Tuesday Aug 09 2011
‘Rise of the Planet of the Apes’ provides fresh take
By: Frank Miller Special to The News Messenger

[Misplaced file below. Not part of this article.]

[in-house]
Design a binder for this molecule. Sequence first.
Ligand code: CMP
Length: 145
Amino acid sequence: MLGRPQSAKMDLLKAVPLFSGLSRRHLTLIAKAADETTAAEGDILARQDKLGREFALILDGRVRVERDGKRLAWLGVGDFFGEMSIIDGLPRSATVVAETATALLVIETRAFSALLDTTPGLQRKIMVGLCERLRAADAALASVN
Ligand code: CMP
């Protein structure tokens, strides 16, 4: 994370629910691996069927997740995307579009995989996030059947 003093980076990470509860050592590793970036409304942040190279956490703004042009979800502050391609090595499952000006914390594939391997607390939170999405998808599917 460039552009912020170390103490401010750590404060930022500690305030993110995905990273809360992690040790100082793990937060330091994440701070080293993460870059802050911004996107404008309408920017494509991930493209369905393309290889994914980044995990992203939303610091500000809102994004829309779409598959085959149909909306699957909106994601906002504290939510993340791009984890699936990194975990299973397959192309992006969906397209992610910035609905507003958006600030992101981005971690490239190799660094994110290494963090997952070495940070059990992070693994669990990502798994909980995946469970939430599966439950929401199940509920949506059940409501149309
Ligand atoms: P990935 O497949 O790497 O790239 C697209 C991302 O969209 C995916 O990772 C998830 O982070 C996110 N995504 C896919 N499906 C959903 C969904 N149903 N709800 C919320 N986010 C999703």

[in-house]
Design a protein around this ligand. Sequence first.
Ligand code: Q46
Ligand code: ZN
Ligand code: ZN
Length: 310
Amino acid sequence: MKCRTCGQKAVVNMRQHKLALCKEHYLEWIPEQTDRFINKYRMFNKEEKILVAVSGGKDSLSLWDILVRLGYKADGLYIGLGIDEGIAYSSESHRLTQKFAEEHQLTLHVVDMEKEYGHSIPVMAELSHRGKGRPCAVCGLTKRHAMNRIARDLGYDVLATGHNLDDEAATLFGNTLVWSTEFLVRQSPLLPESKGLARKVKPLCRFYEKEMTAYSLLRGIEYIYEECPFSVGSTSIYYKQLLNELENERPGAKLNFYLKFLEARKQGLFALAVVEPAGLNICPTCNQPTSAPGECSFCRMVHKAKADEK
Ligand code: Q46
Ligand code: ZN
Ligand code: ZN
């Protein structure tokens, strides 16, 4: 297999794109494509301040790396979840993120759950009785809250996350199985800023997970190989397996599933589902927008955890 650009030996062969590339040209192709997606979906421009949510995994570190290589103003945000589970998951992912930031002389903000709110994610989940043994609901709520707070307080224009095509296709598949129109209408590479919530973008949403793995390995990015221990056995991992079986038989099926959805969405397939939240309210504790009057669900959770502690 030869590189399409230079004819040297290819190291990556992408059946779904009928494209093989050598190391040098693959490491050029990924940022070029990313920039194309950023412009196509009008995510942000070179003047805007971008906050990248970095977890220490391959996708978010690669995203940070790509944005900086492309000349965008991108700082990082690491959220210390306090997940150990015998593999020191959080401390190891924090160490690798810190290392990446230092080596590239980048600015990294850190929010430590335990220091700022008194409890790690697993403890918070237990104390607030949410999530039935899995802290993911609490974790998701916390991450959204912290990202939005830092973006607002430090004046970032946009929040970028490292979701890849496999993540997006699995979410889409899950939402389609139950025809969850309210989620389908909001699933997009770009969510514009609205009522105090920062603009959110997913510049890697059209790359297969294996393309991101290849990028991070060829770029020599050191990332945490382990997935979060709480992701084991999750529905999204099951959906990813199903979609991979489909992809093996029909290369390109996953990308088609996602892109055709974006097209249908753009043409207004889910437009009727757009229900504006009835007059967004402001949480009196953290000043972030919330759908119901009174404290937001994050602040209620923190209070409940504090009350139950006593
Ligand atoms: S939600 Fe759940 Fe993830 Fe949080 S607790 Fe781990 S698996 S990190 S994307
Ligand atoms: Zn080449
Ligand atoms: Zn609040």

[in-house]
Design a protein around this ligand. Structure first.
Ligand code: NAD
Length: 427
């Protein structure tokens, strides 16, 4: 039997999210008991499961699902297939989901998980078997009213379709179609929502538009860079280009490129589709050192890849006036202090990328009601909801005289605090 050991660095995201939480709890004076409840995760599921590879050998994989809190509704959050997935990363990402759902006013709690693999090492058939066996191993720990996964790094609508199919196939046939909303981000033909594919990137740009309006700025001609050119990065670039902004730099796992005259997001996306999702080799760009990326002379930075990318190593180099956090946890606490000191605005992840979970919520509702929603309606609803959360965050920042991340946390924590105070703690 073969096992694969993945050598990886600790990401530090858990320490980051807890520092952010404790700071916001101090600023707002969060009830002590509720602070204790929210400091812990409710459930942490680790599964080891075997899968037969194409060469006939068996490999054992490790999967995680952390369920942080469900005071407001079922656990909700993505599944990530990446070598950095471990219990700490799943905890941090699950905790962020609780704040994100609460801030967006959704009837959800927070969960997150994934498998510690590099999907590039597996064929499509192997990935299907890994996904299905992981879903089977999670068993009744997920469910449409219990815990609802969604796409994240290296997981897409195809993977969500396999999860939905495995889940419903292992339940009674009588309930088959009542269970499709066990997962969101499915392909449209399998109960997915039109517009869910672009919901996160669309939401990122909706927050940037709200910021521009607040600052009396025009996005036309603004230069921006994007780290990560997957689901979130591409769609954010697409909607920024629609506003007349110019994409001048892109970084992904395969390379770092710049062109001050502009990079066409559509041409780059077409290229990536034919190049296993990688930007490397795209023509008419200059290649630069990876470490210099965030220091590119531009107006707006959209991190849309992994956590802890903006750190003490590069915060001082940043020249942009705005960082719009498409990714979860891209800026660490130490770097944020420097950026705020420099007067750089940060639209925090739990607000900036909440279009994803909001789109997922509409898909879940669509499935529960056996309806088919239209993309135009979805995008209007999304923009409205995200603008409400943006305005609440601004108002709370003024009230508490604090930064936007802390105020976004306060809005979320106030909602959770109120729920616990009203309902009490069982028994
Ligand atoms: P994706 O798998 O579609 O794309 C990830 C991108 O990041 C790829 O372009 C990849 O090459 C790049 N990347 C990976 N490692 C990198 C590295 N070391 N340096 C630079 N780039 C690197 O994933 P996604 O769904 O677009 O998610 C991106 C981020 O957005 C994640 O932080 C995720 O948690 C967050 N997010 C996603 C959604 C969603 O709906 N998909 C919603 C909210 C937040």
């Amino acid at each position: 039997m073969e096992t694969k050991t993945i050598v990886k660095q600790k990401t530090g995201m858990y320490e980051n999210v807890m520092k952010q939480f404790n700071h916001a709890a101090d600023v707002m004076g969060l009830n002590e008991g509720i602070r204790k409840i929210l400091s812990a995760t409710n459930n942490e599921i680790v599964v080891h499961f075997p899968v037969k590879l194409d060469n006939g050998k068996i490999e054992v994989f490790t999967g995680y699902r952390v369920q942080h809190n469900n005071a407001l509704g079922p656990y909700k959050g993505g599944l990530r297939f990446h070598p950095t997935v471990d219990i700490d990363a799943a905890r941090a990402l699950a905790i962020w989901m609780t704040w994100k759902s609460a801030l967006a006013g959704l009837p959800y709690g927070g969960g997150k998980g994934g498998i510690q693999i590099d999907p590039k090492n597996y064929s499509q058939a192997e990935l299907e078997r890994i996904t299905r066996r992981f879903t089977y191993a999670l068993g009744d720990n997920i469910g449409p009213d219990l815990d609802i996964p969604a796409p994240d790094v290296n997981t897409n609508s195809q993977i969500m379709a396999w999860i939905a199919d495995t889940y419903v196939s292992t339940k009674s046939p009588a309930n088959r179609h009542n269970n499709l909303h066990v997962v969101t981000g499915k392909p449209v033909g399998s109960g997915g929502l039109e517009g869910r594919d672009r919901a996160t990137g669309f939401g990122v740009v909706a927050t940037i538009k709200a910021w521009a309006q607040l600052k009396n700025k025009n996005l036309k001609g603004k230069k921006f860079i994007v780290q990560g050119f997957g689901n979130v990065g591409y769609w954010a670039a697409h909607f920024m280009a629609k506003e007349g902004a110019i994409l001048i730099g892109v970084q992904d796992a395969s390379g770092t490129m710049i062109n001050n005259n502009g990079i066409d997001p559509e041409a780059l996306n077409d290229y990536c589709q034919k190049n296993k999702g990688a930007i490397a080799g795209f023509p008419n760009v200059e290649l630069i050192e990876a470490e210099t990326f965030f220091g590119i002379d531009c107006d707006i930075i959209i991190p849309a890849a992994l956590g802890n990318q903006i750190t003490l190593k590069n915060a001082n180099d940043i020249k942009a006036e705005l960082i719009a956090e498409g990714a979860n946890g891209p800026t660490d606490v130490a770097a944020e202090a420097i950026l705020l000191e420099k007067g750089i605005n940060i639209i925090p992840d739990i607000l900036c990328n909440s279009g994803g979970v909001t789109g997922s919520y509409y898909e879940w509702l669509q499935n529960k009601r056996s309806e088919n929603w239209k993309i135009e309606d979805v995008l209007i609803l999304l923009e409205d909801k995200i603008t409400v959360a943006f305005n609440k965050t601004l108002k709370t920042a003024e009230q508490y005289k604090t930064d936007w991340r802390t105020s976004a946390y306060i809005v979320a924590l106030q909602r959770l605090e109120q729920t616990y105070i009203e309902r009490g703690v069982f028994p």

“Rise of the Planet of the Apes” Directed by Rupert Wyatt Starring: James Franco, Andy Serkis and Freida Pinto Rating: Four out of five stars ‘Rise of the Planet of the Apes’ provides fresh take By Frank Miller Special to The News Messenger When a computer-generated monkey gives a better on-screen performance than an Oscar nominee, it’s evident that the use of digital technology in film production has reached an exciting new era. “Rise of the Planet of the Apes” is the fascinating product of a marriage between the finest technical wizardry and good old-fashioned thespian craft. Caeser, the ape protagonist at the center of the film, is given depth and soul by veteran performance-capture actor Andy Serkis. Having breathed life into various digital creations in the past, namely Gollum and King Kong, Serkis has perfected the art of emoting beneath layers of pixilated makeup. The film tells the story of how apes became the dominant species on the planet, as realized in the 1968 Charlton Heston classic, “Planet of the Apes.” The less said about the Tim Burton and Mark Wahlberg remake, the better. However, instead of actors in monkey costumes, “Rise” uses actors whose movements are tracked via motion tracking sensors and then grafted onto their digital simian counterparts. The result is the most life-like looking primate used in an “Apes” film to date that still maintains the human spirit that you get from an actor on set. The only film drawback is that because it seems like so much time was focused on the performances of the apes, the human storyline feels a bit undercooked. James Franco is fine in his role as a scientist researching a cure for Alzheimer’s but the rest of the human characters are poorly written and developed. Still, nitpicks aside, “Rise of the Planet of the Apes” is a movie that justifies the term “reboot” in that it offers something fresh instead of just a simple re-hash of the series’ common tropes. It’s the rare summer film that provides plenty of thrills while also stimulating on an intellectual level and advances the way franchise reboots should be treated. Frank Miller is a Sacramento writer.